Having scaled it back to pretty much nothing over 10 years ago, Mitsubishi has decided to revive its performance sub-brand
At the height of its powers, Ralliart seemed unstoppable. Its European division, founded as Andrew Cowan Motorsports in 1983 before adopting the Ralliart Europe banner a year later, delivered four consecutive World Rally Championship drivers titles in the late 1990s.
In 2010, however, the performance arm suffered an inglorious end when Mitsubishi mothballed it, citing financial pressures. At that time, it had been out of the WRC for a few years, and glory days with Tommi Mäkinen were becoming a distant memory.
Right now, Mitsubishi is again in a tough financial spot, this week reporting a loss of 312 billion yen (about £2 billion) for the 2020 fiscal year. In stark contrast to 2010, though, one of the ways it’s responding is to bring Ralliart back.
During its financial report, the firm promised a “revival of the Ralliart brand” which would help bring about “the realization of Mitsubishi Motors-ness”. In other words, to add a desperately needed bit of spice to one of the car world’s least inspiring line-ups.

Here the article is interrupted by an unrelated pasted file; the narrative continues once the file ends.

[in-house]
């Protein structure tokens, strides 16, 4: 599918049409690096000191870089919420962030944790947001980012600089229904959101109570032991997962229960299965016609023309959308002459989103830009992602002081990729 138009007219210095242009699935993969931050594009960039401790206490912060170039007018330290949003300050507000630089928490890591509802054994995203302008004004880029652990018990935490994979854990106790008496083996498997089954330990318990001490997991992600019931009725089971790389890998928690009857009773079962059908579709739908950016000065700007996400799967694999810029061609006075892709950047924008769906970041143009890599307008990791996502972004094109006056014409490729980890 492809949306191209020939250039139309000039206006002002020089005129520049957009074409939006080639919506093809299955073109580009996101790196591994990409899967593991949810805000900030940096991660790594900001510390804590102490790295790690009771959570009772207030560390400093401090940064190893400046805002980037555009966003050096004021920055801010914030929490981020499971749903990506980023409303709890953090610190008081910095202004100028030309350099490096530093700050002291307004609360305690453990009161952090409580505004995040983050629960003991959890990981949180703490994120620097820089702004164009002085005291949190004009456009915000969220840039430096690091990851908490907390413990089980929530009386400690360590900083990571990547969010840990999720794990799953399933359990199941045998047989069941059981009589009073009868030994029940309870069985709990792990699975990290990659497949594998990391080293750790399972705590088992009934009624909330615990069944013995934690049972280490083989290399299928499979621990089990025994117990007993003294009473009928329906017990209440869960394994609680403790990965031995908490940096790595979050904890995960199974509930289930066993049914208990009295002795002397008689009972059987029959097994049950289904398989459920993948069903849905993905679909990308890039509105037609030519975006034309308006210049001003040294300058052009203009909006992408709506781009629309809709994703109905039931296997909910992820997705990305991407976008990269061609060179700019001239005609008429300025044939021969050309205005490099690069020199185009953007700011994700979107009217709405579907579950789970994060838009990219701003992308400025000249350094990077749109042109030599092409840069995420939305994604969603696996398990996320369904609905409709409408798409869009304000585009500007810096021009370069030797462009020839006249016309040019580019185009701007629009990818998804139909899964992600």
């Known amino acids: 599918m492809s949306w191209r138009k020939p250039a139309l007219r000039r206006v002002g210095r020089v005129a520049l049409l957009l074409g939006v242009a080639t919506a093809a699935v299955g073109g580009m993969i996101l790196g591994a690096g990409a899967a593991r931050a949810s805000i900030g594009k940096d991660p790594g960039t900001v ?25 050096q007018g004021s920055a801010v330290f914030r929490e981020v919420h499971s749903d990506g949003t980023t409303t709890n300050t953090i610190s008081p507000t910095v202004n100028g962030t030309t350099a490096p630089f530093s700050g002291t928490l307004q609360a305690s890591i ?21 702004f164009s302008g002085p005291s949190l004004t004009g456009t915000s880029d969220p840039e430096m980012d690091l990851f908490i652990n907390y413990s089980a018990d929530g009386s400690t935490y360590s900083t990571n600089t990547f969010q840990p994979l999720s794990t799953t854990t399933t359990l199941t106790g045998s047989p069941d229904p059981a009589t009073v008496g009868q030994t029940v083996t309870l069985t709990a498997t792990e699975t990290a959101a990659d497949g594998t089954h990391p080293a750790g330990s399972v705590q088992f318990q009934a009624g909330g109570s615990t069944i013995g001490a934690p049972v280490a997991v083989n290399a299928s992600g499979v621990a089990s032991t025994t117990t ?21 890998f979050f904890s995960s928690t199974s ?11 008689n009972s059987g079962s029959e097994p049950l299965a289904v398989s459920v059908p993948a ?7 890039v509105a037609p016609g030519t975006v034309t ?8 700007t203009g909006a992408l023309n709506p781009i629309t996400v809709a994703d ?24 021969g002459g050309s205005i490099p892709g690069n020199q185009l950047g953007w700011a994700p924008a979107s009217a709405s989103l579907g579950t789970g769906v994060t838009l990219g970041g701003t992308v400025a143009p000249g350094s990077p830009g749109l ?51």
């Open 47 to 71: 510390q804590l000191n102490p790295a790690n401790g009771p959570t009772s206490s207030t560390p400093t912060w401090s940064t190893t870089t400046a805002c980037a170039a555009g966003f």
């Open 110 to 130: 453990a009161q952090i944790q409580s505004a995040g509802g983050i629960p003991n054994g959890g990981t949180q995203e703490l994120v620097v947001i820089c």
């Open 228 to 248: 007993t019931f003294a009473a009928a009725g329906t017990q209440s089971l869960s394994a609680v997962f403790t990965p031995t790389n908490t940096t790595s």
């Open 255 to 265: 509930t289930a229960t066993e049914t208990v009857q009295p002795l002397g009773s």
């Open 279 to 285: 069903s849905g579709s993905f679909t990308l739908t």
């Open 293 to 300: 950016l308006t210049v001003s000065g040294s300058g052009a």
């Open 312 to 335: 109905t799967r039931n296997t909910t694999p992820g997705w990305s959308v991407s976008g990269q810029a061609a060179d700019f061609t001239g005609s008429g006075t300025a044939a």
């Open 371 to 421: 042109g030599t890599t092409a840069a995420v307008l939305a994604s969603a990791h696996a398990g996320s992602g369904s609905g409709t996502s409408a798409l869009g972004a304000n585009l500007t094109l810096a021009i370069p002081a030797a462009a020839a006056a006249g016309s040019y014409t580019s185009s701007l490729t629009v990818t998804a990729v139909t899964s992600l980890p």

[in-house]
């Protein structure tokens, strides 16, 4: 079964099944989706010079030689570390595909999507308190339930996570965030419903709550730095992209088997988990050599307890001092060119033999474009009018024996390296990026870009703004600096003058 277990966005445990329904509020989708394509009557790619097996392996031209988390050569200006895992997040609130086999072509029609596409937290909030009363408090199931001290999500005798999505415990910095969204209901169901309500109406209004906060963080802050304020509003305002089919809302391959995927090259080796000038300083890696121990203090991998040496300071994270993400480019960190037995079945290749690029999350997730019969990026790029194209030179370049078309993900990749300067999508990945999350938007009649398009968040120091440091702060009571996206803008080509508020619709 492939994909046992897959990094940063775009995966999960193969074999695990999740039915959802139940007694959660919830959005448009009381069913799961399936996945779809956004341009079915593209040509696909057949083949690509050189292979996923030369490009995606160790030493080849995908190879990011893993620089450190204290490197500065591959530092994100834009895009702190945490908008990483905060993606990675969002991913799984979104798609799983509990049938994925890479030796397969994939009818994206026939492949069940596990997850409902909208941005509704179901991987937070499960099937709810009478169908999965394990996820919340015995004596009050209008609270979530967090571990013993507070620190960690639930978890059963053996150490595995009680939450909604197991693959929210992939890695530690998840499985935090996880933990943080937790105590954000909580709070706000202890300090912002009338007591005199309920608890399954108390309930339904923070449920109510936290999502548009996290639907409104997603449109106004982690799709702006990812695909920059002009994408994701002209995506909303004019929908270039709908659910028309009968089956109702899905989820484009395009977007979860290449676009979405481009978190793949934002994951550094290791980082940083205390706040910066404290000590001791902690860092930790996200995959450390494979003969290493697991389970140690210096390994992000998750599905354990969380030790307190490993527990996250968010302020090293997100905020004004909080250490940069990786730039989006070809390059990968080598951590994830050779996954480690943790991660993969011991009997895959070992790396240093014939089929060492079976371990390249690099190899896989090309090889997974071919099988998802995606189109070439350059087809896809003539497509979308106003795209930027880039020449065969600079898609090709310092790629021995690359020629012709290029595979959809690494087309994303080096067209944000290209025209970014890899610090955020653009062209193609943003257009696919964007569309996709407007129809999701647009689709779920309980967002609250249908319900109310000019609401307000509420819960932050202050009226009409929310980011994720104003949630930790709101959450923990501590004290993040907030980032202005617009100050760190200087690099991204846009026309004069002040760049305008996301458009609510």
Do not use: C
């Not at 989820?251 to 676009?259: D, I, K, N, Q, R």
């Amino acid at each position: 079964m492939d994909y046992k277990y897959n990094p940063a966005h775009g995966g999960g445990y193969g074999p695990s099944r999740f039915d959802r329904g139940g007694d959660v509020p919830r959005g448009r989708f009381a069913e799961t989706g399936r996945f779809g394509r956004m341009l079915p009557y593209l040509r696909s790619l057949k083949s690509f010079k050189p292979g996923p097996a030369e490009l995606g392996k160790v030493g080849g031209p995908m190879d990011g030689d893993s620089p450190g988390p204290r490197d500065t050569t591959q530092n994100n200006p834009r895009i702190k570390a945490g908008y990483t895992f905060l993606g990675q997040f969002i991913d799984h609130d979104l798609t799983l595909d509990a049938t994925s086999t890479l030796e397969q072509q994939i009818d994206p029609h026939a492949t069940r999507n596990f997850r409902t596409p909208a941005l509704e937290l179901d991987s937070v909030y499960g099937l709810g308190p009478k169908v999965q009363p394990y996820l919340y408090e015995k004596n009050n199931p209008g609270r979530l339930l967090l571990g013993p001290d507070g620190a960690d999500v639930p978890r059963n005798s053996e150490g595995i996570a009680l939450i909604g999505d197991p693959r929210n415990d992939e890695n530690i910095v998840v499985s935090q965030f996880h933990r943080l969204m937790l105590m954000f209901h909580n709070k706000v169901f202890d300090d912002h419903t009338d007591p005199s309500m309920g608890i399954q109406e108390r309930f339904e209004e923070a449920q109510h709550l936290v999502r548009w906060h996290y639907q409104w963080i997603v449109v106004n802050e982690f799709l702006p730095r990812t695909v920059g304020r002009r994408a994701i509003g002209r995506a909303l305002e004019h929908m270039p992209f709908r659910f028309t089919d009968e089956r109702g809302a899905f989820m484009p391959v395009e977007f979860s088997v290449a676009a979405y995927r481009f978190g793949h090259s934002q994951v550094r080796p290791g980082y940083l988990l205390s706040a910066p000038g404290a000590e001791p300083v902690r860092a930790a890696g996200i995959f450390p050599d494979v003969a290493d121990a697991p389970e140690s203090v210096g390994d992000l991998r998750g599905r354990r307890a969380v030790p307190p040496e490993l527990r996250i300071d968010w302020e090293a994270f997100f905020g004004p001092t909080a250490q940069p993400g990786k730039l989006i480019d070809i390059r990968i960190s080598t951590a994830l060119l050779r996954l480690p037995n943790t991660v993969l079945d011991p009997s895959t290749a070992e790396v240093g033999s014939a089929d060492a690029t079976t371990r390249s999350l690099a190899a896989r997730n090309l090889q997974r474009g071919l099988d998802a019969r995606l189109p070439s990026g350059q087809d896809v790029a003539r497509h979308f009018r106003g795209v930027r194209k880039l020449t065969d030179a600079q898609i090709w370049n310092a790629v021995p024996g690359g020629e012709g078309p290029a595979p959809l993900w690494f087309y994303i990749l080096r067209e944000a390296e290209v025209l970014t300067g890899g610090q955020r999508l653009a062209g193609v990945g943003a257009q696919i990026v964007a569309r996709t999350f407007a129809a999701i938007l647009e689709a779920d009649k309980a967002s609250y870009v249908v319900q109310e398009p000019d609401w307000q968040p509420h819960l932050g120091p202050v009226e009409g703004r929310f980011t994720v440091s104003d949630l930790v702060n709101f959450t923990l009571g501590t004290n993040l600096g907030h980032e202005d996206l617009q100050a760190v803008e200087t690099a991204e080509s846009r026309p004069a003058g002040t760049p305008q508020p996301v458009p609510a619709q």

“For customers who wish to experience our Mitsubishi-ness, we will launch custom-made accessories for our model lineup as well as re-entering motorsport events around the world,” Mitsubishi CEO Takao Kato said. The presentation slide for the sub-brand’s return features two images: one of an L200/Triton pick-up with a Ralliart makeover, and the other teasing a ‘Ralliart Parts’ offering.
Mitsubishi’s other measures to turn around its fortunes aren’t quite so fun. As announced last year, its ‘Small but Beautiful’ three-year business plan will see it effectively leave the European market, selling only a range of badge-engineered cars from partner company Nissan on the continent. Meanwhile, Mitsubishi is leaving the UK for good, transitioning to a purely aftersales model.